Let’s put it bluntly: Legislation that would lower the ceiling on the North Carolina income tax rate is anti-education.
The measure comes in the form of a constitutional amendment. The state constitution currently limits the income tax rate to 10 percent. The proposed amendment would put the limit at 5.5 percent.
To amend the constitution takes a three-fifths majority in the House and Senate, and ratification by a majority vote of the people. It’s difficult to change the constitution, as it should be, and that’s why legislating a tax-rate ceiling in the constitution is so governmentally mischievous – and ultimately detrimental to the schooling of North Carolina’s young people.
There are several standards by which to assess a state’s tax system. One is diversity: Does a state depend too much on a particular type of tax, or does it have a tax base spread among diverse sources of revenue? Clearly the Republican advocates of the proposed amendment see it as another step toward shifting away from taxing business and personal income to heavier dependence on sales-type taxes.
Another standard is equity. Is the tax system fair? Does it apportion the tax burden according to the ability to pay, so that the affluent contribute more to the commonwealth than people of little means? Since the early 20th century, the graduated income tax, both federal and state, served as an instrument for injecting a measure of equity into the financing of government.
An important standard is sufficiency. Does the tax system bring in enough money to run a government that responds to citizens’ needs and aspirations? How officeholders answer that question often reflects their political loyalties and ideological viewpoints. The sparring last week between Republican Gov. Pat McCrory and Democratic Attorney General Roy Cooper illustrates how taxation properly belongs in the realm of debate and resolution through democratic politics.
The proposed constitutional amendment, if adopted, would restrict the ability of future governors and lawmakers to respond to economic conditions and public needs. The amendment threatens to leave North Carolina with an insufficient tax system – insufficient to sustain and improve the public education institutions that have propelled the state through its recent period of economic and population growth.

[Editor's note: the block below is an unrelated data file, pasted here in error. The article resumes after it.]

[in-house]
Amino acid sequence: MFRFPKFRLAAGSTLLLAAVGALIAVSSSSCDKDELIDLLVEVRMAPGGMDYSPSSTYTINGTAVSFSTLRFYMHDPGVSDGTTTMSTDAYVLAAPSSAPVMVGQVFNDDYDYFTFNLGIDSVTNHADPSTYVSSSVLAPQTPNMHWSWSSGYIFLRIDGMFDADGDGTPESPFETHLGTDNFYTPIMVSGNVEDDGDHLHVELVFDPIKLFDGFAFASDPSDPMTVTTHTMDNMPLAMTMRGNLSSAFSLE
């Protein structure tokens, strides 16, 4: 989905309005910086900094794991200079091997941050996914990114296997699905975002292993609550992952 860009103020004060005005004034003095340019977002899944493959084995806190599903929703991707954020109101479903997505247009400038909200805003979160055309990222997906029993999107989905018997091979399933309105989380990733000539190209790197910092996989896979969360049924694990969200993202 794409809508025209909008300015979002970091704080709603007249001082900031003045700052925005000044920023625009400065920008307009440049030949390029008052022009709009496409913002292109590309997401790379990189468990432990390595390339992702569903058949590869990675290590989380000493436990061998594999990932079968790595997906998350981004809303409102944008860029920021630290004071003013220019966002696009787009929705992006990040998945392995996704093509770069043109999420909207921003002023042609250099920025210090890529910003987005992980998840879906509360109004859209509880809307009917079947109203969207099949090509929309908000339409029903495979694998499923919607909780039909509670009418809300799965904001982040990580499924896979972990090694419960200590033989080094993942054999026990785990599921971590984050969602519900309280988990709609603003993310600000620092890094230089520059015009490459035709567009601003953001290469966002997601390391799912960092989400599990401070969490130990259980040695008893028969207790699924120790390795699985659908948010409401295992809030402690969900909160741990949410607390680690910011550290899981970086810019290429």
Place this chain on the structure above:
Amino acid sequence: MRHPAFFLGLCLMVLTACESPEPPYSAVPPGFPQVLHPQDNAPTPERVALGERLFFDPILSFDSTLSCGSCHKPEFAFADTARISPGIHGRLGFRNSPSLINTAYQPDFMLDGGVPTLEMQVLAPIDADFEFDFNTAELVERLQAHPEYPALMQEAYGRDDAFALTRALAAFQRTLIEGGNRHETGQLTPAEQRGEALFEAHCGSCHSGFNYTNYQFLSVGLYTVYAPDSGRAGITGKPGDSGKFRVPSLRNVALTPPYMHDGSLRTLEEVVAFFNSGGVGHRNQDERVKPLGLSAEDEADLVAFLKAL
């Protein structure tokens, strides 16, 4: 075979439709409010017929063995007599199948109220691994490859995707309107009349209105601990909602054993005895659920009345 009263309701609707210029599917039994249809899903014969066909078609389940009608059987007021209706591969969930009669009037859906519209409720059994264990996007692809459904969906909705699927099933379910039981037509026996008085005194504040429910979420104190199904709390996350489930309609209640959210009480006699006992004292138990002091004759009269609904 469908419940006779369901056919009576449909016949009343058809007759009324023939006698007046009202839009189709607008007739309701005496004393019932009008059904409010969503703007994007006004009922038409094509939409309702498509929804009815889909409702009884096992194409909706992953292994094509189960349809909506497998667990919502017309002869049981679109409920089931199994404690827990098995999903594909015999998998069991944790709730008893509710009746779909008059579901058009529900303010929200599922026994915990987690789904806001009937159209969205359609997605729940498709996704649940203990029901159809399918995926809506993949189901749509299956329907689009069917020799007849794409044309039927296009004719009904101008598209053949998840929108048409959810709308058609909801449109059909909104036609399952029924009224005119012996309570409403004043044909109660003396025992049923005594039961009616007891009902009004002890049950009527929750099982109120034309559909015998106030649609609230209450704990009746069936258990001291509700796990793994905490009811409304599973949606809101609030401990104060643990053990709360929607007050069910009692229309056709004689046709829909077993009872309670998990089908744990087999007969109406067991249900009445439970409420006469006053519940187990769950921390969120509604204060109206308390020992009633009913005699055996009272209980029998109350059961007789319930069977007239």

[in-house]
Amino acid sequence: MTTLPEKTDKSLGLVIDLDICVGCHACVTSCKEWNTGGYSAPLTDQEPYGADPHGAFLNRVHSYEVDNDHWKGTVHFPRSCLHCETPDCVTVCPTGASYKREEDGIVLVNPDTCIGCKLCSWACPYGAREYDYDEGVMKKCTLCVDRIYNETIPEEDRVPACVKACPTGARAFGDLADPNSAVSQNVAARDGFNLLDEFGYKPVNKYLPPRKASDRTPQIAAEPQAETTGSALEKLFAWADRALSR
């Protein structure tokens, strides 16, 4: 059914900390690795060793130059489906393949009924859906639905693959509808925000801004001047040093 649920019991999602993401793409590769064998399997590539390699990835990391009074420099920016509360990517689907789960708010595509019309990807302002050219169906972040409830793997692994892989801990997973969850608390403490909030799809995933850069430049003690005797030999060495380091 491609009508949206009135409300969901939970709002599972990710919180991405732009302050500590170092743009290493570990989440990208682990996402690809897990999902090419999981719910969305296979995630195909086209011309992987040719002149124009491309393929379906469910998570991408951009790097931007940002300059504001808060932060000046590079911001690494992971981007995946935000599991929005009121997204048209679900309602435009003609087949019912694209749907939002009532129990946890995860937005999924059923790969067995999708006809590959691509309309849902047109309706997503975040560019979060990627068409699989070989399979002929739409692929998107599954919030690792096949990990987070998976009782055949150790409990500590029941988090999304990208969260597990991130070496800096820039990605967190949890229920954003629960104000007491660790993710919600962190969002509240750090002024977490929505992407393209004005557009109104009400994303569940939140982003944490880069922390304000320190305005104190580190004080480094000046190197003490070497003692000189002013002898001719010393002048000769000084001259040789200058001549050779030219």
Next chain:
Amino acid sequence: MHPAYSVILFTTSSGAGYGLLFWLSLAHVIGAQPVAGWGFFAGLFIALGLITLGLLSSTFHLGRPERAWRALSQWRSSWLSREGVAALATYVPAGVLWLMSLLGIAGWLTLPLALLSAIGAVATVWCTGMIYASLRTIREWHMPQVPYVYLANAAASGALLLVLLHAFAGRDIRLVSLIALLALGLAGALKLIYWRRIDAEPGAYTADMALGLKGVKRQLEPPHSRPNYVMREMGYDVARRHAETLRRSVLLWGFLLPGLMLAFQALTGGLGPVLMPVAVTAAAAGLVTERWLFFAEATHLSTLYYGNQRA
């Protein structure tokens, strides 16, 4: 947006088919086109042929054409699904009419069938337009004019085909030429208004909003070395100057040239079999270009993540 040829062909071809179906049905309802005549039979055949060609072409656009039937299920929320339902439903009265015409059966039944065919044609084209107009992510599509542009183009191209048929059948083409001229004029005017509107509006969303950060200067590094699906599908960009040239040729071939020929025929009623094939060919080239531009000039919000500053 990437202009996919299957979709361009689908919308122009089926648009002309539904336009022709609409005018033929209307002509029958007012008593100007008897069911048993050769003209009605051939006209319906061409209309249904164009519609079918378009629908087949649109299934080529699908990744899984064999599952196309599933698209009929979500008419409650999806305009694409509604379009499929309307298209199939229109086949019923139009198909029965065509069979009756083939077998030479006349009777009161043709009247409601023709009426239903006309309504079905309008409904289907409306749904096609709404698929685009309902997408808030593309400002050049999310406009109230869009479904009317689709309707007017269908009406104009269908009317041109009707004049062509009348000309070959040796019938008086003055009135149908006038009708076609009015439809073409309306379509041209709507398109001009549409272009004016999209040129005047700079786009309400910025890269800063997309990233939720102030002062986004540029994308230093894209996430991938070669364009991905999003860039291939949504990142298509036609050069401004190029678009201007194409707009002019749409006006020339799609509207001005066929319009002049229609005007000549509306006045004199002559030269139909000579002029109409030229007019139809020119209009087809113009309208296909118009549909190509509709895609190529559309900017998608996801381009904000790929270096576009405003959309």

The bipartisan Higher Education Works advocacy organization published a strong and insightful editorial on its website in opposition to the constitutional amendment. It contained, perhaps inadvertently, an unfortunate paragraph: “Higher education would likely bear the brunt of that policy. Much of state spending is mandated by law — public school enrollment, public safety and Medicaid, for instance. That means shortfalls in revenue affect parts of the budget that are flexible — primarily higher education.”
Perhaps the burden will fall more heavily on higher education (and as a UNC-Chapel Hill faculty member, of course I am more than a casual observer). And yet, public schools will not be held-harmless under a constitutional limitation on the income tax.
An insufficient tax base would make it less likely that North Carolina will expand early childhood education as rapidly as it should to meet its own third-grade reading goals and to lift the prospects of children in distressed families.
An insufficient tax base would make it more difficult for North Carolina to provide broadband connections and up-to-date digital instructional materials to its school students.
An insufficient tax base would hinder efforts to attract and train high-quality teachers. The Great Recession hit the state hard, sapped revenue, and left teachers without pay raises for several years. Now, the recovery has proceeded enough to permit the legislature to approve salary increases, relatively modest but an improvement. A further restriction on income tax revenue gives lawmakers less flexibility to respond to the teacher-supply challenge. It would hinder efforts to rebuild the state’s professional development infrastructure.
The detrimental effects on universities about which Higher Education Works warns would surely ripple through teacher-training schools. What’s more, the state needs the research that universities provide to enrich the education of children.
The amendment seems simple enough. It plays to anti-tax sentiment. It doesn’t mention schools. But voters need to think about the consequences of this fiscal policy on education before they change the constitution.